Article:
…As Iran vows to reciprocate EU sanctions***
Nigeria’s real GDP growth will expand by 2.2 per cent in 2019, the World Bank said in its annual Global Economic Prospects published on Wednesday, contrary to an earlier projection of 2.1 per cent growth rate indicated in June 2018.
“Per capita growth is forecast to remain well below the long-term average in many countries, yielding little progress in poverty reduction”, the World Bank highlighted also, showing that growth in Sub-Saharan Africa would accelerate to 3.4 per cent in 2019, as a result of improved investment in large economies together with continued robust growth in non-resource intensive countries.
“Growth in Nigeria is expected to rise to 2.2 per cent in 2019, assuming that oil production will recover and a slow improvement in private demand will constrain growth in the non-oil industrial sector.
“Angola is forecast to grow 2.9 per cent in 2019 as the oil sector recovers as new oil fields come on stream and as reforms bolster the business environment.
“South Africa is projected to accelerate modestly to a 1.3 per cent pace, amid constraints on domestic demand and limited government spending,” the bank said.
On the risk to the region’s growth, the World Bank stated that escalated trade tensions between the United States and China could impact negatively on the region.
“Faster than-expected normalisation of advanced-economy monetary policy could result in sharp reductions in capital inflows, higher financing costs and abrupt exchange-rate depreciation.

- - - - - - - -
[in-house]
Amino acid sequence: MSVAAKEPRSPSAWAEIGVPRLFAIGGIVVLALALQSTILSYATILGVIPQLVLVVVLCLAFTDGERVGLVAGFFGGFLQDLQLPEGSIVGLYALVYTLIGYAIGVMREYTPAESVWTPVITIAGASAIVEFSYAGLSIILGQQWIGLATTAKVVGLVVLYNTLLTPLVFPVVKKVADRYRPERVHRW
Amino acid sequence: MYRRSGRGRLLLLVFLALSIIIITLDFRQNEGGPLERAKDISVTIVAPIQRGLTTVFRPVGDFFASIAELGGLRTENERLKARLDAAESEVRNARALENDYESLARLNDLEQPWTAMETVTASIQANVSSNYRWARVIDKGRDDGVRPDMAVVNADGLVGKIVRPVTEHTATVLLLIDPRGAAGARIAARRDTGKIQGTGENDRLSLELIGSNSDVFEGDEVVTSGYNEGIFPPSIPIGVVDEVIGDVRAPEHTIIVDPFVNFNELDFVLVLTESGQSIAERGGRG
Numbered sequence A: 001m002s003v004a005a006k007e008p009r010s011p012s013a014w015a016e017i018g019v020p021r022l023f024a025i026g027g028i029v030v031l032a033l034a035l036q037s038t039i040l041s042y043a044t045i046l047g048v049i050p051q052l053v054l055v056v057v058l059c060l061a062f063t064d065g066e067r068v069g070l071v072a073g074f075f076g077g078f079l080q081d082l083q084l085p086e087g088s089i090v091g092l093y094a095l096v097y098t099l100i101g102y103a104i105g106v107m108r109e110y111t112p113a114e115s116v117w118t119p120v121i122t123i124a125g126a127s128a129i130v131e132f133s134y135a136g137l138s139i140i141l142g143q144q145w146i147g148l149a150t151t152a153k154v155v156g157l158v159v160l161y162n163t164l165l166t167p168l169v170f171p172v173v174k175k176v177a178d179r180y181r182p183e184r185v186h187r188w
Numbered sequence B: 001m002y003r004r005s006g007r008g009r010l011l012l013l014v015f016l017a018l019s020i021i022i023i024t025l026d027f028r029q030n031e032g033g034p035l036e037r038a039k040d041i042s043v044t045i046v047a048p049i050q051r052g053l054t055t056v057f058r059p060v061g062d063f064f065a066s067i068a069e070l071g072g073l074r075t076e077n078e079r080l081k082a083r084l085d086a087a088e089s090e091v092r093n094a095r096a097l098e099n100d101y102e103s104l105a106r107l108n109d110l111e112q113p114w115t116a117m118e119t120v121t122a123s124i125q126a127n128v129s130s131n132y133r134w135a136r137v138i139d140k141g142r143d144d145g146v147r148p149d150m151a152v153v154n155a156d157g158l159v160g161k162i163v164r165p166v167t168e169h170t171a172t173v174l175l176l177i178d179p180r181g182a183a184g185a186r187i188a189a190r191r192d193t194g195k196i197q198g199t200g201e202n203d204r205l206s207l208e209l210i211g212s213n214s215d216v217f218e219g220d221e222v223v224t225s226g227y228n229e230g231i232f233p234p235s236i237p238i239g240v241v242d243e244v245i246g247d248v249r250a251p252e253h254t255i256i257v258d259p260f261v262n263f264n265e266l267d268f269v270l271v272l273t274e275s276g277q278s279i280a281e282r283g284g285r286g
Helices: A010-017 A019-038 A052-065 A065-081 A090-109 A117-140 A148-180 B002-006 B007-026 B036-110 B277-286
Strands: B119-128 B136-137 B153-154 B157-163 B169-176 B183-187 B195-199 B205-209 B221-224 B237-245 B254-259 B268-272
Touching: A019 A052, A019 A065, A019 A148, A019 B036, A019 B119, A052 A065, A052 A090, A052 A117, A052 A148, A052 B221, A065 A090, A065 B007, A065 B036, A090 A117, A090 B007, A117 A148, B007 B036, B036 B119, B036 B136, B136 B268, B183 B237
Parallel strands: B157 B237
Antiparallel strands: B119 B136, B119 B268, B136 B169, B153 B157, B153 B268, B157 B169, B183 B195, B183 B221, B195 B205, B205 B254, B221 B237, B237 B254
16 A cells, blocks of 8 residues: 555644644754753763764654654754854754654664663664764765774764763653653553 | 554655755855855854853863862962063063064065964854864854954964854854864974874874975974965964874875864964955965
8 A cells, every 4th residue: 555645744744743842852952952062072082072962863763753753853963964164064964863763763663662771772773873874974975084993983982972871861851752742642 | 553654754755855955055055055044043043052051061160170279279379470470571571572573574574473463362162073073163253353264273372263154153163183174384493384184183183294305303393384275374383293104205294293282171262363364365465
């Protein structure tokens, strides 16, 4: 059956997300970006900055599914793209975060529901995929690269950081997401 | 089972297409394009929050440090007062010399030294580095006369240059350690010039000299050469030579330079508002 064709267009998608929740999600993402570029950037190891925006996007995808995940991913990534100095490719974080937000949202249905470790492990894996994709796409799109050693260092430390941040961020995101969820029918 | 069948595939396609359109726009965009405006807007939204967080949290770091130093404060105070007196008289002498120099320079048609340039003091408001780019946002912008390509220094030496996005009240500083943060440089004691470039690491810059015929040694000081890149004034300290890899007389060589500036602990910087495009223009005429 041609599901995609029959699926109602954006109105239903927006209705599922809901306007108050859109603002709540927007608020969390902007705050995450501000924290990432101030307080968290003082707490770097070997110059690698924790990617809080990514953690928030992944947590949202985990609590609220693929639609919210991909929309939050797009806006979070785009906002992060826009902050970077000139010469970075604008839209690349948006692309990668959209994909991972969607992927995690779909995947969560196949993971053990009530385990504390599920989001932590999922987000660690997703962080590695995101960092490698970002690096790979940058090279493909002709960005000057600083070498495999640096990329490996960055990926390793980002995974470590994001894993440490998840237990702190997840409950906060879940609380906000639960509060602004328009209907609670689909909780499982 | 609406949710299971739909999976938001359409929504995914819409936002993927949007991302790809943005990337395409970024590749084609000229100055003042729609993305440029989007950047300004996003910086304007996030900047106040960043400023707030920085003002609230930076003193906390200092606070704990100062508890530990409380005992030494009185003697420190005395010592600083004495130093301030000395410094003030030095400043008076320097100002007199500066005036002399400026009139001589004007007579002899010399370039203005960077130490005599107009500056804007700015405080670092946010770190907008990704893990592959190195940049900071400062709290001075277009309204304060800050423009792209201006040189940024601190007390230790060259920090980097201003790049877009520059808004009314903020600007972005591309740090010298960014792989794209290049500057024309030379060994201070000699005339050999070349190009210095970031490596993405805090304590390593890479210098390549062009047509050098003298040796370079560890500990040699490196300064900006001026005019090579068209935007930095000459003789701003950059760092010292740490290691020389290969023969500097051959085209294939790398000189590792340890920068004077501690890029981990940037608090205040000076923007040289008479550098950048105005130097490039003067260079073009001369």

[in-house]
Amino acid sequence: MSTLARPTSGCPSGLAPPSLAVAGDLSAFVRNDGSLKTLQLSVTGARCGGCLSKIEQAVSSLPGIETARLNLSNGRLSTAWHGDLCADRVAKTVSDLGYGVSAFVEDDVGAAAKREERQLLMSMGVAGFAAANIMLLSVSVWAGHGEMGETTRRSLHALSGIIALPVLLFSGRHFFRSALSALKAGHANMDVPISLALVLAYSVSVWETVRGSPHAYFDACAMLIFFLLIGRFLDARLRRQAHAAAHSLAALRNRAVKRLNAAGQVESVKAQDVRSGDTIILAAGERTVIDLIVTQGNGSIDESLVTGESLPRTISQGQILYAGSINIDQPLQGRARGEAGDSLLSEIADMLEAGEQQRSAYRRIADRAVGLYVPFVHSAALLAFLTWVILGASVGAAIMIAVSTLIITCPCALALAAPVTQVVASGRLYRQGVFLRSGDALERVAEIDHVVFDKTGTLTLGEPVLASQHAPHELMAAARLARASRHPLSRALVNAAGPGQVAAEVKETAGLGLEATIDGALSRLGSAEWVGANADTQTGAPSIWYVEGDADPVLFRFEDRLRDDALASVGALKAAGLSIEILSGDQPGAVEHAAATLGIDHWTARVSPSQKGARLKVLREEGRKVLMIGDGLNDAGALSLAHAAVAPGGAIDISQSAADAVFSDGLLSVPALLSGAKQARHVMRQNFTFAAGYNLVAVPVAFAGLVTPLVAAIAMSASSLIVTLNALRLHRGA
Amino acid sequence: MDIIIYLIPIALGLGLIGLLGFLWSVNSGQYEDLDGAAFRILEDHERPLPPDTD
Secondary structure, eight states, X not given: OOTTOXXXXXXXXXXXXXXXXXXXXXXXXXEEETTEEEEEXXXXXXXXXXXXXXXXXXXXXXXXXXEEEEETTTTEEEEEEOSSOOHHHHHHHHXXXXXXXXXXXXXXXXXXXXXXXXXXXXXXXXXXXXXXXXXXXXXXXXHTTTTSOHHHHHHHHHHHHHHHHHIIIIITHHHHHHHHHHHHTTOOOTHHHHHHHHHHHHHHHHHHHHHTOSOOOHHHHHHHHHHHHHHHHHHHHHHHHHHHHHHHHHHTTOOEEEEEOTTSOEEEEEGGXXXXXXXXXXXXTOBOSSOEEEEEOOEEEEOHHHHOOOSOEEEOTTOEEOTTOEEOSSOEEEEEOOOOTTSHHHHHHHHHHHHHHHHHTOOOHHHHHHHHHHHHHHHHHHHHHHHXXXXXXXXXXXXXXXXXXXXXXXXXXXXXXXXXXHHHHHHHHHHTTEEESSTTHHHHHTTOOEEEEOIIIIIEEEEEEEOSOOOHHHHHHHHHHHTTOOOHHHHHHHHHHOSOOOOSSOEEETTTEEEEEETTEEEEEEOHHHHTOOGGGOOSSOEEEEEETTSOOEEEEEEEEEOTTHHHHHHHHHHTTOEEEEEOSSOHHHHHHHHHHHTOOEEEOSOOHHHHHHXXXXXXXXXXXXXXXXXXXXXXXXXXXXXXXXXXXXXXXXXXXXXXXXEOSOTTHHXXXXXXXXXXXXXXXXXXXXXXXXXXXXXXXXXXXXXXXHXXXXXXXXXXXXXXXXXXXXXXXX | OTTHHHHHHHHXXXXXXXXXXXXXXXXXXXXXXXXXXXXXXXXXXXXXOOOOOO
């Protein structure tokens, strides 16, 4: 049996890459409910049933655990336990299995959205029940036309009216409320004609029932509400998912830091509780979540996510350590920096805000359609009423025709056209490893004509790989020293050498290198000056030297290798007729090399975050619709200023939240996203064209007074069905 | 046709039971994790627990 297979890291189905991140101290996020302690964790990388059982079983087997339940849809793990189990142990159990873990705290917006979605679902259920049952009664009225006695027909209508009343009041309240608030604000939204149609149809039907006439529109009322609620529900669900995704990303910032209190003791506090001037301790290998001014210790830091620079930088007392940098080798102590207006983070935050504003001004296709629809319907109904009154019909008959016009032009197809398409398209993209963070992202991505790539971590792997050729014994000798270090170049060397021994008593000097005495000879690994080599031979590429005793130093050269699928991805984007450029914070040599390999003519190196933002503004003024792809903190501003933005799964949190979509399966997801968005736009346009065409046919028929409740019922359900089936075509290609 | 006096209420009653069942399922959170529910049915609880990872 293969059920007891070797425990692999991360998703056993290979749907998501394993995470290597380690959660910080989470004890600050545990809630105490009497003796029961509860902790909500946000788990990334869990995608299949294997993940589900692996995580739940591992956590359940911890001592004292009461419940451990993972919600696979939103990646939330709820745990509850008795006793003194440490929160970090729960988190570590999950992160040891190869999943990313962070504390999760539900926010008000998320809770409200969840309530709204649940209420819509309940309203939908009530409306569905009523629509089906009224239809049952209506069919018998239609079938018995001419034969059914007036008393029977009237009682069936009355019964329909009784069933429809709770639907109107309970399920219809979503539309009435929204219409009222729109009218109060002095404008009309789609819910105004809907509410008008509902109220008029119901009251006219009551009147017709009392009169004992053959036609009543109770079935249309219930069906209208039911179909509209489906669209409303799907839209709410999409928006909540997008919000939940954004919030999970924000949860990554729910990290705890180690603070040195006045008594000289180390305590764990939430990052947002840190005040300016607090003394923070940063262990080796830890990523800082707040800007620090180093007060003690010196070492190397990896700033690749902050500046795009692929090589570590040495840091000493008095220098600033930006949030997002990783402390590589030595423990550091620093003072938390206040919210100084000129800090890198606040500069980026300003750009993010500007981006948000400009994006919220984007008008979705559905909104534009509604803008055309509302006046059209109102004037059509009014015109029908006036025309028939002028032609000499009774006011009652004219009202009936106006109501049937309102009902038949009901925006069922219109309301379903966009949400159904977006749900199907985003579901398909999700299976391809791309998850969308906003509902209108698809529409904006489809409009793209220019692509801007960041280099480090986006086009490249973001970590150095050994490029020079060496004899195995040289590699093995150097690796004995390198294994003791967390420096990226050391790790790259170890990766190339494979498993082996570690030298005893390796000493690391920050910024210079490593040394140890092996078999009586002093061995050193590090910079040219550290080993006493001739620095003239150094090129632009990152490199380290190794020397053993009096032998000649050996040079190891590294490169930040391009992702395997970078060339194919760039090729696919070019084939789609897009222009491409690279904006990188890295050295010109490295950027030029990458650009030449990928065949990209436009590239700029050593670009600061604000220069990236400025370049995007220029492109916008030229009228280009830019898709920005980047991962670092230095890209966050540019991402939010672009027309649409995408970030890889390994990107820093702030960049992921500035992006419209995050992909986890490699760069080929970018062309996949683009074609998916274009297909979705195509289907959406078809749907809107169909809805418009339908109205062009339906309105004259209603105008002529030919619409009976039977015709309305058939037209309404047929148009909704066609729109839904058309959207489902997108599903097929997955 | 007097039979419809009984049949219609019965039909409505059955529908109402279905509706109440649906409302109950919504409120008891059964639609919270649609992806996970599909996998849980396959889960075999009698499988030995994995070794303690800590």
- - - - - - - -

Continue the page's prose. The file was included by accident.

“Increased reliance on foreign currency borrowing has
heightened refinancing and interest rate risk in debtor countries,” the noted.
It said domestic risks, in particular, remained elevated, that political uncertainty and a concurrent weakening of economic reforms could continue to weigh on the economic outlook in many countries.
“In countries like Mozambique, Nigeria, and South Africa holding elections in 2019, domestic political considerations could undermine the commitments needed to rein in fiscal deficits, especially where public debt levels are high and rising.
The Bank downgraded global economic growth from 3 per cent in 2018 to 2.9 per cent in 2019 due to trade tensions, rising borrowing costs and persistent policy uncertainties.
Meanwhile Iran on Wednesday vowed to reciprocate after the EU added two Iranian individuals and an Iranian intelligence unit to the bloc’s terrorist list.
EU ministers agreed on Tuesday to add the names to the list and freeze their assets, effective from Wednesday.
The Netherlands accused Iran of two killings on its soil and joined France and Denmark in alleging Tehran plotted other attacks in Europe.
Iran’s Foreign Ministry spokesman Bahram Qassemi called the EU’s actions “illogical” and “surprising”.
“Iran will adopt the necessary measures in response to this move and within the framework of reciprocation,” Qassemi said in a statement published on the ministry’s official website.
Iran has denied any involvement in the alleged plots, saying the accusations were intended to damage EU-Iran relations.
“These listings have been adopted by the Council as part of its response to recent foiled attacks on the European soil,” the European Council said in a statement on Wednesday.
Qassemi, in his statement, accused the EU of supporting “terrorist groups” such as the Mujahedin-e-Khalq Organization (MKO), a group that seeks to overthrow the Iranian government.
The move is in part symbolic since one of the men is in prison in Belgium.
The incident marked the first time the EU has enacted sanctions on Iran since lifting a host of curbs on it three years ago following its 2015 nuclear pact with world powers.